Margin cutting and discounting – a sustainable strategy? (Summer 2011)

Wineries will need to be market savvy if they are going to survive and see growth in margins as well as sales.

New Zealand wineries are being advised that whilst it is critical in the current economic climate to focus on cost efficiencies, trading with slim or even negative margins can only be employed for so long. Trading on price alone without building brand or market is not a sustainable strategy in the long-term.

The importance of maintaining gross margin is particularly relevant to the wine industry. Price discounting is commonplace due to excess wine stocks in New Zealand and overseas but in the current trading environment, wineries are realising that aggressive discounting is not a
sustainable practice.
The following tables show graphically how discounting will not lead to long-term success.

Profit and margins – what if?

This table shows the amount by which sales would have to decline following a price increase before gross profit is reduced below its previous level.

At a 30 percent margin and a 10 percent increase in price, you could sustain a 25 percent reduction in sales volume before your profit is reduced to the previous level…you would have to lose one out of every four customers.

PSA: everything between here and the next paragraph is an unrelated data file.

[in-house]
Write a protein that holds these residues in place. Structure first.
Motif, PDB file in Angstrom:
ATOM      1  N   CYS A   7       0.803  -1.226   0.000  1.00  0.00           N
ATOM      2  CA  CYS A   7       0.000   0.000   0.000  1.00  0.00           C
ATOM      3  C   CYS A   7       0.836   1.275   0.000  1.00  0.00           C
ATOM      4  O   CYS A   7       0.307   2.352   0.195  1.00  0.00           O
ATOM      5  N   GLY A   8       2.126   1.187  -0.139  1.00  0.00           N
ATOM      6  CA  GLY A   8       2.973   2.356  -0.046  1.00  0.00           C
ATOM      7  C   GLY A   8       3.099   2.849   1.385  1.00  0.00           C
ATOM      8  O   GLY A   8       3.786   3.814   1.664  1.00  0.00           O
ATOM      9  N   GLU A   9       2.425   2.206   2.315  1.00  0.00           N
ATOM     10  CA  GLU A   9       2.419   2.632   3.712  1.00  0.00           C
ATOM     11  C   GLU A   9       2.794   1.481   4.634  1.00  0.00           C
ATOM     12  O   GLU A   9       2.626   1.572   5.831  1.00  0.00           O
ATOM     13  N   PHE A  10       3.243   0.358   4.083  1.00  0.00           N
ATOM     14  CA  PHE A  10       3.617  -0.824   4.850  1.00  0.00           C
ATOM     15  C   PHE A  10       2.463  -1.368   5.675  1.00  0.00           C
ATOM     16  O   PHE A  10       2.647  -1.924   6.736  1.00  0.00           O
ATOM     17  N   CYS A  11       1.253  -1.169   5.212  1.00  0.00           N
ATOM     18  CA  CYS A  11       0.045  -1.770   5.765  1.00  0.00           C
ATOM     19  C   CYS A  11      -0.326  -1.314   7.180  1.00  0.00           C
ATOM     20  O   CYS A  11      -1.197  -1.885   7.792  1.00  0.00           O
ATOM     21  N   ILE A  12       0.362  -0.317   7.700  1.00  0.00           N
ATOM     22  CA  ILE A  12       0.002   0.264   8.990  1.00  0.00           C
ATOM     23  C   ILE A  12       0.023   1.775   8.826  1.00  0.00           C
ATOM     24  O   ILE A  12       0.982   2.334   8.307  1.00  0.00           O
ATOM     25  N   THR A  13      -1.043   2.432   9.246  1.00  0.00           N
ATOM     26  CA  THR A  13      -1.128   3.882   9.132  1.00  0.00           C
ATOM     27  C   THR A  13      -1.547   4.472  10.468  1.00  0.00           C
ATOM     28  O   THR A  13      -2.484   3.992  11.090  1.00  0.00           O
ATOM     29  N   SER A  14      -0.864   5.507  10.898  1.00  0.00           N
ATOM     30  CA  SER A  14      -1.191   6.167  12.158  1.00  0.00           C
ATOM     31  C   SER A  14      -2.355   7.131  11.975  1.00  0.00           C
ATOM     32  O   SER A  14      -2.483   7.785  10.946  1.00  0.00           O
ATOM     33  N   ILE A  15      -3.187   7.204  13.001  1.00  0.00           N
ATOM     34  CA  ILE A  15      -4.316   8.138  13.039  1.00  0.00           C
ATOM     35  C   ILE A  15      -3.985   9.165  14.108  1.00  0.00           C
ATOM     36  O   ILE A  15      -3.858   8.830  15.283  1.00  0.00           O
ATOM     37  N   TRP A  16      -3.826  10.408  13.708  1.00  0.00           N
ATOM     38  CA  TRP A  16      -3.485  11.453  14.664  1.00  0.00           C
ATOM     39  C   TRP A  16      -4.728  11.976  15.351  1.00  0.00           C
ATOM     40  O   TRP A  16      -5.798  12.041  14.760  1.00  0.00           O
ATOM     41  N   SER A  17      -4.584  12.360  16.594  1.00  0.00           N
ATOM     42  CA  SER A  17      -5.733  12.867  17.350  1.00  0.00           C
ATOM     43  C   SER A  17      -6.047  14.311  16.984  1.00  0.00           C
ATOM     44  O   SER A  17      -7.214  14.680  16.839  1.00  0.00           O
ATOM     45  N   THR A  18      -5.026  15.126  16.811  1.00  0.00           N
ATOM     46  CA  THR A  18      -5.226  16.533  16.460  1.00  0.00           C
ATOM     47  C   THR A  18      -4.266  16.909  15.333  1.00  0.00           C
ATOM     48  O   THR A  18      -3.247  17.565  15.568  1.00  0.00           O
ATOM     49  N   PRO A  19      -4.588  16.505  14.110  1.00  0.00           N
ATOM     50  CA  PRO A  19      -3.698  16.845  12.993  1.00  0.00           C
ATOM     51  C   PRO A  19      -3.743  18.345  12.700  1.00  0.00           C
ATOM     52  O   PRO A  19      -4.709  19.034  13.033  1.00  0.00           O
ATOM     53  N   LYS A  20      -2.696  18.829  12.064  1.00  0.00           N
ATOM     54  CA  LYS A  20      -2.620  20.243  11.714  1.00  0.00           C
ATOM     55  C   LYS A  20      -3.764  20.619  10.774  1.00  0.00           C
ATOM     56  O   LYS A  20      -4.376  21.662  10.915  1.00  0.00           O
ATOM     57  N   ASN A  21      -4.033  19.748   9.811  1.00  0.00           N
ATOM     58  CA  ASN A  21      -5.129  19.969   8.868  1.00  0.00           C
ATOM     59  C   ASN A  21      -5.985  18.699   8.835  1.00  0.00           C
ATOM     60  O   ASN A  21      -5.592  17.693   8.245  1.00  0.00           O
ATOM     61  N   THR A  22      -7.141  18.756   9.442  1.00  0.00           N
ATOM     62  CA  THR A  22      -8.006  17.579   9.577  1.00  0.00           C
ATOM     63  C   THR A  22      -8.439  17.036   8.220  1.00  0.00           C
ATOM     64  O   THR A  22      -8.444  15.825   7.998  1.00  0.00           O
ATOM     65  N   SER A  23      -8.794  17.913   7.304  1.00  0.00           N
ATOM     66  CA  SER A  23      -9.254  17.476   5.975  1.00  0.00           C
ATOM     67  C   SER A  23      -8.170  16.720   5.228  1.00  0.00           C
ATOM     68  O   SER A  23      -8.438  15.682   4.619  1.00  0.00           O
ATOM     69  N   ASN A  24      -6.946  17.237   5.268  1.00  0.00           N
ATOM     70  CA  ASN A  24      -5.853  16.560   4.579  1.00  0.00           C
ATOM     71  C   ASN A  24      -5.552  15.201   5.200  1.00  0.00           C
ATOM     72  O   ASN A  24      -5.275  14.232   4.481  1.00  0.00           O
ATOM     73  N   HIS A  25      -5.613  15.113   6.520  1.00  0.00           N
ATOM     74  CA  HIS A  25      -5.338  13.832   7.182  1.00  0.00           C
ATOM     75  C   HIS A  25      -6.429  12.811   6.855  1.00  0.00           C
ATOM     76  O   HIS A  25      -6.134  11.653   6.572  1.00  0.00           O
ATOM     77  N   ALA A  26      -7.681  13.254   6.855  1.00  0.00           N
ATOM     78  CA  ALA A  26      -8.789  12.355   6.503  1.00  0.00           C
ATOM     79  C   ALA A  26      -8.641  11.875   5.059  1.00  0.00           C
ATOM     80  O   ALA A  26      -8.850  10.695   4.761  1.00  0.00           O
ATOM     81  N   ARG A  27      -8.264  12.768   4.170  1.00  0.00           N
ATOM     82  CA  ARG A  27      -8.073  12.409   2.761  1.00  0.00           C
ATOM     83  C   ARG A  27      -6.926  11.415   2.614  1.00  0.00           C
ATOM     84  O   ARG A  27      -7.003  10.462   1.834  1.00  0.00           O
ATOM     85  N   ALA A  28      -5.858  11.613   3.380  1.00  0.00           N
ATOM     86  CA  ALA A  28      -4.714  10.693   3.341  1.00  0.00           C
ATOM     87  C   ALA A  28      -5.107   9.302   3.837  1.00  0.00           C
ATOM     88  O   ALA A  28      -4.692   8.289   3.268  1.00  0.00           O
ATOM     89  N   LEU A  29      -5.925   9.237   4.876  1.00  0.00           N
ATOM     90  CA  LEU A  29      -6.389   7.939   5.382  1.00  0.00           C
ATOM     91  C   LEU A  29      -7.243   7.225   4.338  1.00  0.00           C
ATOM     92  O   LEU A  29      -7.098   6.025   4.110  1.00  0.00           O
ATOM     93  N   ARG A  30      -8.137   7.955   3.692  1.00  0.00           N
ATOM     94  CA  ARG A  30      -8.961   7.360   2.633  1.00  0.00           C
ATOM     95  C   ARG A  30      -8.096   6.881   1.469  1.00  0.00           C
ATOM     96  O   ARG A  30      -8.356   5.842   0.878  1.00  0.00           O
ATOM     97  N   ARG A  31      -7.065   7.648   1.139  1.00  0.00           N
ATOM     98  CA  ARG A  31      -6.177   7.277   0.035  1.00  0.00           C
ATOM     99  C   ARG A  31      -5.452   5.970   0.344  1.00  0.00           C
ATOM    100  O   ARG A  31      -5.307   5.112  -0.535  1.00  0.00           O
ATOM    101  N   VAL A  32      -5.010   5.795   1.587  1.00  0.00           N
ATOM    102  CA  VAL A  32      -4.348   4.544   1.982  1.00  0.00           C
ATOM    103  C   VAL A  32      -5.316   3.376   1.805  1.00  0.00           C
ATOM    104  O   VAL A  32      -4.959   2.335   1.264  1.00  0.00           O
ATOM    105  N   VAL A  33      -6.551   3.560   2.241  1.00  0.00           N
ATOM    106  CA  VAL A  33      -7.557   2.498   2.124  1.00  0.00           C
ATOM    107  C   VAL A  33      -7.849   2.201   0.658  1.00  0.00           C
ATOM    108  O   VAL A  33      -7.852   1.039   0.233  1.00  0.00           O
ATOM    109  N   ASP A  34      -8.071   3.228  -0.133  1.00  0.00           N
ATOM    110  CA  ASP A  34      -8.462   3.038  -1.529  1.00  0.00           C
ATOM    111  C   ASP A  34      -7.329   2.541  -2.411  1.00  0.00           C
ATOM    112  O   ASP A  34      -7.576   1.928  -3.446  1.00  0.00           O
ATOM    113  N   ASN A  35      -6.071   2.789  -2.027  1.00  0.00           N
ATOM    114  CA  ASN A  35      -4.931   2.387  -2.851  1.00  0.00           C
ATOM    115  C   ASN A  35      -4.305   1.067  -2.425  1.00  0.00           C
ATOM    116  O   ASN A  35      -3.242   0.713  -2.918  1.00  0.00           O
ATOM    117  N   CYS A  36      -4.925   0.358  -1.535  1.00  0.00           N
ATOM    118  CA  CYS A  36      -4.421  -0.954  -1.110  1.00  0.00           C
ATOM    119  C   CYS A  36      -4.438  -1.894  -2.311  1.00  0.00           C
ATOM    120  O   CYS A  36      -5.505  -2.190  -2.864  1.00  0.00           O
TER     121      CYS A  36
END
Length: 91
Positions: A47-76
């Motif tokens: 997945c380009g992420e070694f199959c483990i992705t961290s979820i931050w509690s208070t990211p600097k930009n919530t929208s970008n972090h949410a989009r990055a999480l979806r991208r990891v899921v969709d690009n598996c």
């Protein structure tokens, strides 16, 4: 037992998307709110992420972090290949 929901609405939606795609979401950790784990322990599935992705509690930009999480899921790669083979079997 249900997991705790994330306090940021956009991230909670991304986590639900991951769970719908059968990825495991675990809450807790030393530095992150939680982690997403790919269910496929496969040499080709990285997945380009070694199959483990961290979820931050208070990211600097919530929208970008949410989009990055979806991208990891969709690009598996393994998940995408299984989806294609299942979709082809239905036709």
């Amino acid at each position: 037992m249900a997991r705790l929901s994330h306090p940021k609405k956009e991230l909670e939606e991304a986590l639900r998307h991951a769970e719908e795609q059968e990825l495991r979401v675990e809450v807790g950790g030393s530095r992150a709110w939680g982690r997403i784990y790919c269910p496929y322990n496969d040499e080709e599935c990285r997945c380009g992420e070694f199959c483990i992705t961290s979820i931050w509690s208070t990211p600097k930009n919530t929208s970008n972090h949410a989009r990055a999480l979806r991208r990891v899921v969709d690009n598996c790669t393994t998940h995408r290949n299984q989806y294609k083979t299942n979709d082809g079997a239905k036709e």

Prices vs sales – what if?

This table indicates the increase in sales that is required to compensate for a price discounting policy. For example, if gross margin is 30 percent and you reduce price by 10 percent, you need sales volume to increase by 50 percent to maintain your initial profit. Rarely has such a strategy worked in the past, and it’s unlikely to work in the future.

The worldwide wine glut combined with our overvalued New Zealand dollar means wineries should not to be sucked into the discounting spiral.

The only sure way to long-term success for many small to medium sized wineries in New Zealand is to concentrate on high quality, higher margin production.

Published in WINE Hawke’s Bay Summer 2011.

Serious about your success?